Here’s another new release that arrived at our headquarters a couple of days ago. Within Destruction is a Slovenian deathcore trio from Jesenice, and Lotus is their latest full-length album. The band went through many lineup changes, but they released five full-length releases like From The Depths, Void, D E A T H W I S H, Yōkai, and Lotus. Of course, many standalone singles come in between these recordings, and I highly advise you to check out their previous works, as well as their latest album.
I have to admit deathcore is not my cup of tea at all, but I can hear so many qualities bursting from Lotus. This album carries twelve modern deathcore compositions, probably suitable for a newer generation than those knee-deep fans who’re into this genre for years. However, Within Destruction invested so much effort into this material that even the fans of metalcore, modern hardcore, melodic hardcore, post-hardcore, alternative metal, and nu-metal will enjoy these tracks. You’ll also notice many interruptions of dubstep, drum and bass, breakbeat, and industrial electronic music. Therefore, Within Destruction use samplers, and they’re doing it pretty damn well. Each composition comes with many ambiances and effects that will indulge your listening apparatus if you’re into these sonic maneuvers.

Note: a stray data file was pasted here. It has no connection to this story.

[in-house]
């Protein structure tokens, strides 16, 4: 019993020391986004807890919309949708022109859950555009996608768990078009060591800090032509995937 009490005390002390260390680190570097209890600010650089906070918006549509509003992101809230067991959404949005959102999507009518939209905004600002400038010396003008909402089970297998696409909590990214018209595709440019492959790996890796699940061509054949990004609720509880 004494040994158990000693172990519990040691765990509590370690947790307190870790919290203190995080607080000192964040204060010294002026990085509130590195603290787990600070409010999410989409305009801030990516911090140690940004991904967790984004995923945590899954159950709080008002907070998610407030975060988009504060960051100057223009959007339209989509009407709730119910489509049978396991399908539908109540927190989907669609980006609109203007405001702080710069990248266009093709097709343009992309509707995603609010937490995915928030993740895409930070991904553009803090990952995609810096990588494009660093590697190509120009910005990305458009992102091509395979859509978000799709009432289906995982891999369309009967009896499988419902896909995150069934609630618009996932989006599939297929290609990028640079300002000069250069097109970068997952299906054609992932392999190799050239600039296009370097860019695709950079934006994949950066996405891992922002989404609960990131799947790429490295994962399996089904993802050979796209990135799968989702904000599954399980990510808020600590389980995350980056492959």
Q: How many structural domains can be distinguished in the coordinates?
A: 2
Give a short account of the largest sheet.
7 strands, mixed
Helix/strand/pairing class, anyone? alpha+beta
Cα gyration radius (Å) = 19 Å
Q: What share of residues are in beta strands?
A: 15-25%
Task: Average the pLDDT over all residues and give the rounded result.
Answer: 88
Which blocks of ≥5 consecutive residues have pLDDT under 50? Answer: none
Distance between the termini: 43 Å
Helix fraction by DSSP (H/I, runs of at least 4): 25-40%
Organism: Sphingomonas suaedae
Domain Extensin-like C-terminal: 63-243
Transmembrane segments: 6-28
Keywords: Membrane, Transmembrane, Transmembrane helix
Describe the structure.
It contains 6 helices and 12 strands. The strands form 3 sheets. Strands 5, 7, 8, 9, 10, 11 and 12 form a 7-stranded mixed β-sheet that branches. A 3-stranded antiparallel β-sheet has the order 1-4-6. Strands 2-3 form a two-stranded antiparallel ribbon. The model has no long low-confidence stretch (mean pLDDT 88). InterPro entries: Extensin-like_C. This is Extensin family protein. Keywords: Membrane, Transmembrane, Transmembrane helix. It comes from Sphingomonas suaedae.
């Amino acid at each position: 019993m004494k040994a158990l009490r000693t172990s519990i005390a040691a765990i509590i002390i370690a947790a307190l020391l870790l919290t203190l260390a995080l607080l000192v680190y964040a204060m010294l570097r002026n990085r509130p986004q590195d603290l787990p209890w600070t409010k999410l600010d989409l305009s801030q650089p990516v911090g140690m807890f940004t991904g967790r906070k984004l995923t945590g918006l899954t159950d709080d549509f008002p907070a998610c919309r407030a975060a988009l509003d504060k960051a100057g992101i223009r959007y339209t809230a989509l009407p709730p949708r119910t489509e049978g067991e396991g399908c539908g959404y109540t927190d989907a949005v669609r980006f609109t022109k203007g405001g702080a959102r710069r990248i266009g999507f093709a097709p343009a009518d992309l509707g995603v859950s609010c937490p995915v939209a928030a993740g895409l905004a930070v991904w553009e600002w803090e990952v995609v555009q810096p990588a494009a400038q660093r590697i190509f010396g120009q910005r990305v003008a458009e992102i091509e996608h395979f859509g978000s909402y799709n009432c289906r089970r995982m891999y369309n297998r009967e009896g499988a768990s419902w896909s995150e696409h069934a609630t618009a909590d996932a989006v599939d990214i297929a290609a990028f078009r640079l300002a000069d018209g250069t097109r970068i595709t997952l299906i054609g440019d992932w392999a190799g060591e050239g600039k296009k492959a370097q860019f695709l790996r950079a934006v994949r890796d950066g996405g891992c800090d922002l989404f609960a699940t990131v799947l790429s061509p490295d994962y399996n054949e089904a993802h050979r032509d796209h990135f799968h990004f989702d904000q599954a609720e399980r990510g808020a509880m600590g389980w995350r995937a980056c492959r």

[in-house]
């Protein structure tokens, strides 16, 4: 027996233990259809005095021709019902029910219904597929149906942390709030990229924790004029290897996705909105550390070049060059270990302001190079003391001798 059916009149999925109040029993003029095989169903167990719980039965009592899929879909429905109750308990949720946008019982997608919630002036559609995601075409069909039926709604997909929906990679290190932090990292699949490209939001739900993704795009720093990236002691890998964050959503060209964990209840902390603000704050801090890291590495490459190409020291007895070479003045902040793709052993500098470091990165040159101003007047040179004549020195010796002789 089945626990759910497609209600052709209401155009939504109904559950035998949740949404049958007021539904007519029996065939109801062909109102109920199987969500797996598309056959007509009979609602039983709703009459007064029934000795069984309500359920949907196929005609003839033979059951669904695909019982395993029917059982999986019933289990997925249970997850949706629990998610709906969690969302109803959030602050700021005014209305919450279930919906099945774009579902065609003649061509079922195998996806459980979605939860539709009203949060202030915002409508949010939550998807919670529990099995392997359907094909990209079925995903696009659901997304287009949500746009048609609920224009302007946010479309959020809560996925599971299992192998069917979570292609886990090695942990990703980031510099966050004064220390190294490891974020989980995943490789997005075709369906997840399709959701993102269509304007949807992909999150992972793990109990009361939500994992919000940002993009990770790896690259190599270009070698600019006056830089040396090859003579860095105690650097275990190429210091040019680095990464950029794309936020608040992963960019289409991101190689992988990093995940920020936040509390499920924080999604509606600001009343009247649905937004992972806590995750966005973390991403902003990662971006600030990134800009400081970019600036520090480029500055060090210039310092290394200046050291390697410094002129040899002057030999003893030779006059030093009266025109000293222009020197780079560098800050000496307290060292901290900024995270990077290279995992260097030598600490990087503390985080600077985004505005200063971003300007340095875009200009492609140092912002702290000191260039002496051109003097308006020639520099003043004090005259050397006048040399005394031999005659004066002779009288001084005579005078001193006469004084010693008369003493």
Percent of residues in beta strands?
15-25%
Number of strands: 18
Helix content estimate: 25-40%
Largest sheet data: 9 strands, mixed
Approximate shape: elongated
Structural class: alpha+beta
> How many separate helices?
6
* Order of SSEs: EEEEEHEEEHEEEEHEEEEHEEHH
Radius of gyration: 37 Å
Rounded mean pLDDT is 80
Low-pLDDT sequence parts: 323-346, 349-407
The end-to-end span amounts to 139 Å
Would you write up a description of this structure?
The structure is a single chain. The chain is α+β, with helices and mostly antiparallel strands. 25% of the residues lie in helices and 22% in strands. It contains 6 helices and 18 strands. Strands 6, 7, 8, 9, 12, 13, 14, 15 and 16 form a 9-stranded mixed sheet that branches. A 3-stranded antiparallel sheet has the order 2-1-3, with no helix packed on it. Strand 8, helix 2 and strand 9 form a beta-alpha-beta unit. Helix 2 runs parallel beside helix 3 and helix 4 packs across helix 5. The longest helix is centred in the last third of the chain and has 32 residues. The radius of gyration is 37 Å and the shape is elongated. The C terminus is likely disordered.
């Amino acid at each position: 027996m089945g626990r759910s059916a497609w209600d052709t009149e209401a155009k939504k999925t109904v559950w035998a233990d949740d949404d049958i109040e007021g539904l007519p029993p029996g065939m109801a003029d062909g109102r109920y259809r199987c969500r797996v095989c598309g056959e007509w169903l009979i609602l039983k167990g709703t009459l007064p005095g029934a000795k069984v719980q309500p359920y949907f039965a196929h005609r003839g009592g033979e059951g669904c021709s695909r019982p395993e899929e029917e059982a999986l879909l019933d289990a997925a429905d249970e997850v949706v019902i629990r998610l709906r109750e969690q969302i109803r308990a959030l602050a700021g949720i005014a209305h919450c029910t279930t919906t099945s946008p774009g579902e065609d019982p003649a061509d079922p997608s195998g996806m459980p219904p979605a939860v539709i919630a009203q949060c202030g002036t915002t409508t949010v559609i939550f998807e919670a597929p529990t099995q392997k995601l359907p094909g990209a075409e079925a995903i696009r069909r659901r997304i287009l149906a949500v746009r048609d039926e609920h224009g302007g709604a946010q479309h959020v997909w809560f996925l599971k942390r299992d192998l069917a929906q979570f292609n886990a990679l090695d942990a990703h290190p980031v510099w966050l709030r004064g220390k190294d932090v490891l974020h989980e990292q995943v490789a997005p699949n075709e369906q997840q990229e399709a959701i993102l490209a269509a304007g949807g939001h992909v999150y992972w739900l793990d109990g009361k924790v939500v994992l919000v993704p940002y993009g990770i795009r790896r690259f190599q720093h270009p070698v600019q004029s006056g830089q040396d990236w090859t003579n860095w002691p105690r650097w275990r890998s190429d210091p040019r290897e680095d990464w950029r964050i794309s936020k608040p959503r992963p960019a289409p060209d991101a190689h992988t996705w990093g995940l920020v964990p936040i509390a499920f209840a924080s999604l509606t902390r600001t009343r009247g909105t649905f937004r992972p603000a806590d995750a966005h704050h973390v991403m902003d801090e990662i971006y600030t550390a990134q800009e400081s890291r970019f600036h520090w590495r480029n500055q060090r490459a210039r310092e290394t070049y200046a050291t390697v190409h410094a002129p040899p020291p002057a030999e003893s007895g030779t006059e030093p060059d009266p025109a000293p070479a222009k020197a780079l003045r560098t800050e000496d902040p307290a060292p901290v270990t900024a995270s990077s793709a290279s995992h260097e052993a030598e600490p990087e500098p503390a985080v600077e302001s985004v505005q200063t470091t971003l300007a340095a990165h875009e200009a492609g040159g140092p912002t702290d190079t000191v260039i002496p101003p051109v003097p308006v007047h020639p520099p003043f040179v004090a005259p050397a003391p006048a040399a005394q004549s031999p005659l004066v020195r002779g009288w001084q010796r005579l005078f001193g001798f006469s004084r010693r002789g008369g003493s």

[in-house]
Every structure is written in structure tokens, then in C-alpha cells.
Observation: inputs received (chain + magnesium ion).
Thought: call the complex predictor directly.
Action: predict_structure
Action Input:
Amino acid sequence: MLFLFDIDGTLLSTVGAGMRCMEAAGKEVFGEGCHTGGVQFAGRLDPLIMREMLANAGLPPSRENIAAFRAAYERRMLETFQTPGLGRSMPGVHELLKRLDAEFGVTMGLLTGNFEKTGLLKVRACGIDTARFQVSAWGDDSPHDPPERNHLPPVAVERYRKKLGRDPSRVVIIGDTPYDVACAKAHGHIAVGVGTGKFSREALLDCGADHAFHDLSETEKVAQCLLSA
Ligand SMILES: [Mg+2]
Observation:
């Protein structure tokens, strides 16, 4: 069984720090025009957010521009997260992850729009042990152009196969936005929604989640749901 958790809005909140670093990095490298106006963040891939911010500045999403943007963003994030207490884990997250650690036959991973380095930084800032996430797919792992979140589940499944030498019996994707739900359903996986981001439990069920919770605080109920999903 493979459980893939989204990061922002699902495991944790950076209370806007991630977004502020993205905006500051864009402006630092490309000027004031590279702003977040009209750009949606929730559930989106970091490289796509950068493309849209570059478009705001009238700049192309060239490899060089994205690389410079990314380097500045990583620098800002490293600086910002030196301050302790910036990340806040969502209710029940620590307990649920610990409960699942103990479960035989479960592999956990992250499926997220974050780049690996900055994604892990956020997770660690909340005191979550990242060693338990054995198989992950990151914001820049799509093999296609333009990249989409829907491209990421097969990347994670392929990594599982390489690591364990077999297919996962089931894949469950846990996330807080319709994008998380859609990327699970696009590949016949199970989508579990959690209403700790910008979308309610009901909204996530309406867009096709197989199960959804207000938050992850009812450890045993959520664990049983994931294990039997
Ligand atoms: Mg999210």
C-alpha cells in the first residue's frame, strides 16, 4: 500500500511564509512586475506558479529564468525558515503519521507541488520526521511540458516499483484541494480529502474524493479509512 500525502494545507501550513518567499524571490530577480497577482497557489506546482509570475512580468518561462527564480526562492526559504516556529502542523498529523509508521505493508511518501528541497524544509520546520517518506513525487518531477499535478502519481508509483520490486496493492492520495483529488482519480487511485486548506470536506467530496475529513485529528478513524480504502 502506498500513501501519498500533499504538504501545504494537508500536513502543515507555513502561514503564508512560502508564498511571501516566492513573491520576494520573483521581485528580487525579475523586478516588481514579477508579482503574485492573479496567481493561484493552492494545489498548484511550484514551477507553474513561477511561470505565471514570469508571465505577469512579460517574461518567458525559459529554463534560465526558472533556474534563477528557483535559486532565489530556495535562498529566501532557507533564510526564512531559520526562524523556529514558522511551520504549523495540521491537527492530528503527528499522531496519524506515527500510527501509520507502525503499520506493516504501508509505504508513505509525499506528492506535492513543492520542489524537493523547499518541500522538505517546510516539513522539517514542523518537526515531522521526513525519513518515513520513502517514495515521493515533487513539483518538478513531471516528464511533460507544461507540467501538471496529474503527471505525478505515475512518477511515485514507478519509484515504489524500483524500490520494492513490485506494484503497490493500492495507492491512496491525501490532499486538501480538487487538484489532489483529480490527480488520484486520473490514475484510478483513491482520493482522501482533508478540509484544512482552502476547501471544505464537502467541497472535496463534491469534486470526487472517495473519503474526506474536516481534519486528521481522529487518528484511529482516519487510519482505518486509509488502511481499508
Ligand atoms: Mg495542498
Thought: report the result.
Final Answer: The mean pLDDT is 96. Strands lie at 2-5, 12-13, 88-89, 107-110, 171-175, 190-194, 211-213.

Within Destruction invested so many brilliant ideas into these tracks, and you’ll notice how each composition has a perfect structure, decorated with clever arrangements, accentuations, and enhancements that unquestionably uplift the entire album on an entirely new level. These guys solely rely upon downtuned, djenty, sludgy riffs empowered by wisely assembled, progressive melodies, harmonies, shreds, virtuosities, and other sonic delicacies. The dualities between lead and rhythm guitar go beyond comprehension so many times during the album, so you’ll probably have to thoroughly listen to Lotus a couple of times until you fully grasp everything these guys put onto this record. Of course, this material wouldn’t sound so heavy without equally brilliant basslines, and I adore how the bass guitar is almost equally present in the mix. Like the remainder of the group, the drumming goes beyond comprehension as well, and you will enjoy those profoundly detailed rhythmic structures, half-time beats, breakdowns, continuous splashes over the cymbals, hectic drum fills, and other percussive acrobatics. The vocal range is impressive, to say the least, so if you’re into a mixture of growls, screams, classic hardcore shoutouts, and clean singing, then this album is the perfect choice for you. Lotus has many qualities, and there’s no doubt deathcore fans will enjoy this album from scratch to finish. Head to the band’s store or Ultra Heavy for more information about ordering.